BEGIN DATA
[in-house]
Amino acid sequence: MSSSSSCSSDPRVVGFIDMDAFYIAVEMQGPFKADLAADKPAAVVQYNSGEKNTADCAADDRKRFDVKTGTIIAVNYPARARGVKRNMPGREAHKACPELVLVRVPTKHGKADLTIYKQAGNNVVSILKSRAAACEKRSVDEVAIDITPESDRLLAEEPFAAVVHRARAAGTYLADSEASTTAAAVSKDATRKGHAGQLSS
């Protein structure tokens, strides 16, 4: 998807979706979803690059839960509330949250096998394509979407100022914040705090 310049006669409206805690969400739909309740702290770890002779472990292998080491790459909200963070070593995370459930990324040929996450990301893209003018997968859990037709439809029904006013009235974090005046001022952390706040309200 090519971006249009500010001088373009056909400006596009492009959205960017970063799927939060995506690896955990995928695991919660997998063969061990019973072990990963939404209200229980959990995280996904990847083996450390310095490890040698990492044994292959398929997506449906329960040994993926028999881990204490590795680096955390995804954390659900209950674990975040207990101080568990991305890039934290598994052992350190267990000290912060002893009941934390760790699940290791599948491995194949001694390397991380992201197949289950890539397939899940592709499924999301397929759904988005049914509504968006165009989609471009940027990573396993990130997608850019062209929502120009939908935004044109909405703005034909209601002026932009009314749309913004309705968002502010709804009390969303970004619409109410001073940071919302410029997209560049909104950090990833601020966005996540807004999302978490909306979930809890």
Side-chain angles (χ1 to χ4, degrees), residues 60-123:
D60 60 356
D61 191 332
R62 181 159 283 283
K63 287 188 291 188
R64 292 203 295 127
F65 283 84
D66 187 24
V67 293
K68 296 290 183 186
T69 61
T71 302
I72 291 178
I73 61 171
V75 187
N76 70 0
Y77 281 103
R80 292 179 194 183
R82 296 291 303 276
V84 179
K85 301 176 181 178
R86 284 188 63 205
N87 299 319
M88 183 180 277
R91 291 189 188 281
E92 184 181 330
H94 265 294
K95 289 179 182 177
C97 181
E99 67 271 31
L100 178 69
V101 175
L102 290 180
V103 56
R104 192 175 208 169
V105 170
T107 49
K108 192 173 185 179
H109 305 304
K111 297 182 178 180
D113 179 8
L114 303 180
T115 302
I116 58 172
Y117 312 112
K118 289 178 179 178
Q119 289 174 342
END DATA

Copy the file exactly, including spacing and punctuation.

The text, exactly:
[in-house]
Amino acid sequence: MSSSSSCSSDPRVVGFIDMDAFYIAVEMQGPFKADLAADKPAAVVQYNSGEKNTADCAADDRKRFDVKTGTIIAVNYPARARGVKRNMPGREAHKACPELVLVRVPTKHGKADLTIYKQAGNNVVSILKSRAAACEKRSVDEVAIDITPESDRLLAEEPFAAVVHRARAAGTYLADSEASTTAAAVSKDATRKGHAGQLSS
């Protein structure tokens, strides 16, 4: 998807979706979803690059839960509330949250096998394509979407100022914040705090 310049006669409206805690969400739909309740702290770890002779472990292998080491790459909200963070070593995370459930990324040929996450990301893209003018997968859990037709439809029904006013009235974090005046001022952390706040309200 090519971006249009500010001088373009056909400006596009492009959205960017970063799927939060995506690896955990995928695991919660997998063969061990019973072990990963939404209200229980959990995280996904990847083996450390310095490890040698990492044994292959398929997506449906329960040994993926028999881990204490590795680096955390995804954390659900209950674990975040207990101080568990991305890039934290598994052992350190267990000290912060002893009941934390760790699940290791599948491995194949001694390397991380992201197949289950890539397939899940592709499924999301397929759904988005049914509504968006165009989609471009940027990573396993990130997608850019062209929502120009939908935004044109909405703005034909209601002026932009009314749309913004309705968002502010709804009390969303970004619409109410001073940071919302410029997209560049909104950090990833601020966005996540807004999302978490909306979930809890």
Side-chain angles (χ1 to χ4, degrees), residues 60-123:
D60 60 356
D61 191 332
R62 181 159 283 283
K63 287 188 291 188
R64 292 203 295 127
F65 283 84
D66 187 24
V67 293
K68 296 290 183 186
T69 61
T71 302
I72 291 178
I73 61 171
V75 187
N76 70 0
Y77 281 103
R80 292 179 194 183
R82 296 291 303 276
V84 179
K85 301 176 181 178
R86 284 188 63 205
N87 299 319
M88 183 180 277
R91 291 189 188 281
E92 184 181 330
H94 265 294
K95 289 179 182 177
C97 181
E99 67 271 31
L100 178 69
V101 175
L102 290 180
V103 56
R104 192 175 208 169
V105 170
T107 49
K108 192 173 185 179
H109 305 304
K111 297 182 178 180
D113 179 8
L114 303 180
T115 302
I116 58 172
Y117 312 112
K118 289 178 179 178
Q119 289 174 342